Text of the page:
Liked by 1 person

    • It’s been challenging to work like this (maybe that’s why it’s called a challenge 🙂 ) but I’m hoping to look back at this and see what it’s brought to my work. Your words are super encouraging, thank you!!

      Like

  2. dapplegrey says:

    Great post – it’s really useful to stop and take stock of what’s going on (having said which – wonder if you’ve seen Marc’s most recent post where he says he’s sick of watercolour!!!?) Like you, I’m a ‘line-first’ protagonist and so all this has been infuriating at times, but one thing I’ve discovered is that doing quick sketches of people (my favourite subject) can be a lot faster, once you’ve got that thing about shape rather than line flowing a bit more intuitively. A very useful discovery! And like you I’ve really enjoyed just feeling the quality and behaviour of the paint more than I usually do. I love that desert landscape of yours – but your people sketches have taken on a new dimension as well. Fabulous stuff!

    Like

    • now I have to go see Marc’s post… Thank you so much, it is a bit scary, but quite an adventure to put away line for a while. I can’t lie, I’m itching to put it in to almost every piece I paint.

      Like

      • dapplegrey says:

        Well, me too. And I have to confess I’ve found that a waterbrush is a bit of a line-giver! I’ve carried one about with me the way I normally do a pen, along with a two-colour micro palette, and inevitably something linear does take place along with the shape/tone/colour thing. But that’s been a very useful discovery too! Long live challenges, I say. Thanks!

        Liked by 1 person

      • oh yeah, thank goodness for line-givers! I’ve been using the waterbrush with white gouache for my highlights: besides line, it helps keep gouache out of my regular brushes (and water container!)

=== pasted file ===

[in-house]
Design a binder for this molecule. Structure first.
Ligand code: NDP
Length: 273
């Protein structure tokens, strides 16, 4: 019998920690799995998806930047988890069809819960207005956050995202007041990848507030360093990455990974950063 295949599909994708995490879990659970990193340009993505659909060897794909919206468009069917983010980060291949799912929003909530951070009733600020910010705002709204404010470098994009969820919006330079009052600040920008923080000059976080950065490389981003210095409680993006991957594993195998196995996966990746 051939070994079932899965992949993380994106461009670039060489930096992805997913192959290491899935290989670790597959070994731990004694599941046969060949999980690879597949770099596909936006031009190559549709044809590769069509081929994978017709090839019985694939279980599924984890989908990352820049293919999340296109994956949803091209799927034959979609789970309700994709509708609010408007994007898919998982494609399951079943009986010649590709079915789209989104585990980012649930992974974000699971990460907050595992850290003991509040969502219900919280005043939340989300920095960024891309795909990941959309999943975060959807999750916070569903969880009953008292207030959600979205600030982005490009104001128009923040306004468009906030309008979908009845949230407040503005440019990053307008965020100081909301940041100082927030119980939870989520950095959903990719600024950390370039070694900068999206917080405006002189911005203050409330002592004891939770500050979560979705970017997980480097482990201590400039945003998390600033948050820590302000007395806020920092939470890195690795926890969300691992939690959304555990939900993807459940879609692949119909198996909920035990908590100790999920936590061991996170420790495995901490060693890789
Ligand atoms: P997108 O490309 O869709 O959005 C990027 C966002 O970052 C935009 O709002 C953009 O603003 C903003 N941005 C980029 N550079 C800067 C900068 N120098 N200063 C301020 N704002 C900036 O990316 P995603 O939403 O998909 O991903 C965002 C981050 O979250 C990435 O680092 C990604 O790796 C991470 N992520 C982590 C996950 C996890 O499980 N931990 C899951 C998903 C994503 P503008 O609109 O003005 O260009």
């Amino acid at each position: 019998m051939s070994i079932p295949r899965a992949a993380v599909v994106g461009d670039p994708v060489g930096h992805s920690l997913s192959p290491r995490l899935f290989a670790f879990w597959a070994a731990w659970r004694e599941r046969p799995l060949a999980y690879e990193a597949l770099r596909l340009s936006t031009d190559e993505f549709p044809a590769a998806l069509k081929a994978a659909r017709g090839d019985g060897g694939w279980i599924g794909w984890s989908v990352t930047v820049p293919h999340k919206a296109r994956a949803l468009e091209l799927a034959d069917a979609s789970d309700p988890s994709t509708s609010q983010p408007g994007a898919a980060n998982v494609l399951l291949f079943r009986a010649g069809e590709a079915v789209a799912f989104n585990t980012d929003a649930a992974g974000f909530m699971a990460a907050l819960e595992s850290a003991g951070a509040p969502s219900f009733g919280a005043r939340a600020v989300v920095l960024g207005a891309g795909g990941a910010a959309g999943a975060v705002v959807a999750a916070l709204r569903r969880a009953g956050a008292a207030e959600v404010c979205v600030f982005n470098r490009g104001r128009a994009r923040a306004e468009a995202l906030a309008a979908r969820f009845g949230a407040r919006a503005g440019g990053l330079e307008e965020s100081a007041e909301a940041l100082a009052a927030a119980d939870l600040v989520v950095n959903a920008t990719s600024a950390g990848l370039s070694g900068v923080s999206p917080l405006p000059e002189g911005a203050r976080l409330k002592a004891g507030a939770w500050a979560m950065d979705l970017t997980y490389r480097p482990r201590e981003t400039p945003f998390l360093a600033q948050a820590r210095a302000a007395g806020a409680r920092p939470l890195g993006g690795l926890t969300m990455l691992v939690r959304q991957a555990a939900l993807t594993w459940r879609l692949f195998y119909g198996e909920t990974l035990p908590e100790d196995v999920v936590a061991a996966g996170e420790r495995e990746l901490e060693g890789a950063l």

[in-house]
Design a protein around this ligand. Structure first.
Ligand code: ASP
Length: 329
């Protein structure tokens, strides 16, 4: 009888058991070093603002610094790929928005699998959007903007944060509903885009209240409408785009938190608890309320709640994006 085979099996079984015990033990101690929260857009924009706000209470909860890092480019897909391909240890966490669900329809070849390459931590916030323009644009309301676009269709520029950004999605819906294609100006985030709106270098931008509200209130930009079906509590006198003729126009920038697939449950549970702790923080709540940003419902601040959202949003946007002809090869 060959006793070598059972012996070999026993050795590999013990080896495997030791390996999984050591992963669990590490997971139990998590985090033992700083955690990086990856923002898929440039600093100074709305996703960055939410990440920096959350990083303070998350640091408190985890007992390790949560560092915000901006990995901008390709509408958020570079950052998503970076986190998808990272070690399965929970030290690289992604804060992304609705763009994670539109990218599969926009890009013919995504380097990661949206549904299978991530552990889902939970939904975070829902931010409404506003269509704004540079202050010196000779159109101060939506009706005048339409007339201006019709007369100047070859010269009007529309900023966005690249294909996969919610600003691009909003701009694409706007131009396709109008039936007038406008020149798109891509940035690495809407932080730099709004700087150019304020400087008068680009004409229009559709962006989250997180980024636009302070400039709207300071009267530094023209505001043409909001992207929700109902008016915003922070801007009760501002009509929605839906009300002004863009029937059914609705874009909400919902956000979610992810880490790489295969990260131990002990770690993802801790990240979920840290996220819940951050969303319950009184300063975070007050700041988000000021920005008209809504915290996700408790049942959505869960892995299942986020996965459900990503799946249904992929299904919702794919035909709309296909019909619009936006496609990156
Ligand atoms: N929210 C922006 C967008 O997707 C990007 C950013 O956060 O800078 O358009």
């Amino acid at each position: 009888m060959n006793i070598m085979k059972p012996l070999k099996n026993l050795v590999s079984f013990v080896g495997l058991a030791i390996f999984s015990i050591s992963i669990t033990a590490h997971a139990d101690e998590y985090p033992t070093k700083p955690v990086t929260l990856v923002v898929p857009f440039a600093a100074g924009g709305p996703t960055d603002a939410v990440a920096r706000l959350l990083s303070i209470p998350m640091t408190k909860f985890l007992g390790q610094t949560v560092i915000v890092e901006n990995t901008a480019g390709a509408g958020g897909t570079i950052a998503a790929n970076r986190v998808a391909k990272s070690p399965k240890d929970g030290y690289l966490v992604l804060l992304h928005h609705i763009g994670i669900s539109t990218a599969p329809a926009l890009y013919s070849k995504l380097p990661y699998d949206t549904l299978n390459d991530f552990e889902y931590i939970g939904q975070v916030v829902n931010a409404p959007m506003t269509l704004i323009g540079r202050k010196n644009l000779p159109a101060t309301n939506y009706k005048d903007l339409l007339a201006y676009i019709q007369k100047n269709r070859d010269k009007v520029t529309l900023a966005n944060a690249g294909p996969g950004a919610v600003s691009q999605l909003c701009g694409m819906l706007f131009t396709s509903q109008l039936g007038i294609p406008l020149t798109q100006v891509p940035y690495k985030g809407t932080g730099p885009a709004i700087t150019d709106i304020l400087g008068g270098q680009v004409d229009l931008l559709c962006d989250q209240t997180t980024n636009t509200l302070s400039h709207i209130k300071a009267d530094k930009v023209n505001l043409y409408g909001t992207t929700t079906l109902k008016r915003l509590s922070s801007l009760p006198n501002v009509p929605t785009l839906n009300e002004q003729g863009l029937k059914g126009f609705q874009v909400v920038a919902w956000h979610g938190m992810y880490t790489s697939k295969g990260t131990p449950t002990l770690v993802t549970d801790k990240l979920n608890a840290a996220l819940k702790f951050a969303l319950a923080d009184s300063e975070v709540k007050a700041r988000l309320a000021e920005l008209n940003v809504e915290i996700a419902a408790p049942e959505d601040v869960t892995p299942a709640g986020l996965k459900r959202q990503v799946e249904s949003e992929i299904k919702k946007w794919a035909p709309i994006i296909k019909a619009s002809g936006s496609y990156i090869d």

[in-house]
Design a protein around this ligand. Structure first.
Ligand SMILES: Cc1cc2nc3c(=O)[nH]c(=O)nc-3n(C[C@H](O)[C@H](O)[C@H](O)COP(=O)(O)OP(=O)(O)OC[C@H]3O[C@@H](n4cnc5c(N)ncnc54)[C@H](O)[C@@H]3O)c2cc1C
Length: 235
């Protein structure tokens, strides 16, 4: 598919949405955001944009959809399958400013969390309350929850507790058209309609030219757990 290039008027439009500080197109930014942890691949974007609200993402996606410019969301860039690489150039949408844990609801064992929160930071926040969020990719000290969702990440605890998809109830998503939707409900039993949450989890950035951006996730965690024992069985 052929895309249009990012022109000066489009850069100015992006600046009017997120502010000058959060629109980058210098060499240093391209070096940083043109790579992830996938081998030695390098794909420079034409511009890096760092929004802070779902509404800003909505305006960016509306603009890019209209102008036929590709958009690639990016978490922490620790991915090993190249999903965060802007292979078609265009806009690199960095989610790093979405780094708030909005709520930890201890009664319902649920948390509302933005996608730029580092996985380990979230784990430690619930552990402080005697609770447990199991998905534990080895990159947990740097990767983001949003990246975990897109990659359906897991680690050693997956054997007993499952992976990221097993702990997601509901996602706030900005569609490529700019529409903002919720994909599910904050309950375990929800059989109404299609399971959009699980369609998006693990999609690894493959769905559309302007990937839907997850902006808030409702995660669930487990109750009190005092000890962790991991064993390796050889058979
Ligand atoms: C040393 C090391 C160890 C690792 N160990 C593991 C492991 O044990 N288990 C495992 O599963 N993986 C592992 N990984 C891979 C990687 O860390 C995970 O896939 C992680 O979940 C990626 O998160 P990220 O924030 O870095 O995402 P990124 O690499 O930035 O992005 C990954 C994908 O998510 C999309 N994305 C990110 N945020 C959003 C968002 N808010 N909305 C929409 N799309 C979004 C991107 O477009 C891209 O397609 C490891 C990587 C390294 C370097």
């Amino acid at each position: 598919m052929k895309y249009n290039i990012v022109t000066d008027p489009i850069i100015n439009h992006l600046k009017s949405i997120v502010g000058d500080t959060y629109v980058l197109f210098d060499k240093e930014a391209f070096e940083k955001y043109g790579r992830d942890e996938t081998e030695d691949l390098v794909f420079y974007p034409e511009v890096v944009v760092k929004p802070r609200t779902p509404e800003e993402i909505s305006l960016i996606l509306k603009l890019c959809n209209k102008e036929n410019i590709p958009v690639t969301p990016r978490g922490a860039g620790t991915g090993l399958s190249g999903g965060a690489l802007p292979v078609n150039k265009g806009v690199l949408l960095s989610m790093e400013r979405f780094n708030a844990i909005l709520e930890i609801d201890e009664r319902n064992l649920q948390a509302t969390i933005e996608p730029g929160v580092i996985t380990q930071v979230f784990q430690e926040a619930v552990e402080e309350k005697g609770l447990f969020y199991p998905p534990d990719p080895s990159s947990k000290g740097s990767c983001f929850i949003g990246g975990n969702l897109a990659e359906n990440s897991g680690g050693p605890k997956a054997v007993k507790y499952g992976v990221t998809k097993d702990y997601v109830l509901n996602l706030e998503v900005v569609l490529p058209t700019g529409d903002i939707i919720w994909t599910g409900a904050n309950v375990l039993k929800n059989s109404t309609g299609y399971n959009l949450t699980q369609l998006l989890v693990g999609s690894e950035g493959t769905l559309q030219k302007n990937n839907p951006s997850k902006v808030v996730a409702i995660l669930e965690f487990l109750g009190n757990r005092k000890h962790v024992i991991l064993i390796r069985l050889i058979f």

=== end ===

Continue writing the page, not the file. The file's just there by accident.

Like

  3. pbass wil says:

    “I try to save my big whites, I don’t save smaller ones if I feel saving them will make me work tighter: I feel like it’s an exchange sometimes […] spontaneity usually wins over careful planning…”
    Some of us feel like there’s almost a holy covenant we have to agree to, when we buy into watercolour. All these rules & conventions – Saving Whites being one of the Commandments.
    Your attitude is an example of clear values: ‘This is what I’m trying to achieve; so this is the strategy that serves my pursuit of it.’ Very sensible, and a relief from rigid w.c. convention.
    By the way, did you know that John Singer Sargent had a similar pragmatic attitude toward whites, with his fabulous watercolours? He was quite content to add any missing highlights at the finish line. Faced with his luminous results, I wonder if any of his era’s w.c. purists had the audacity to scold him? :^D

    Liked by 1 person

Leave a Reply

Fill in your details below or click an icon to log in:

WordPress.com Logo

You are commenting using your WordPress.com account. Log Out /  Change )

Google photo

You are commenting using your Google account. Log Out /  Change )

Twitter picture

You are commenting using your Twitter account. Log Out /  Change )

Facebook photo

You are commenting using your Facebook account. Log Out /  Change )

Connecting to %s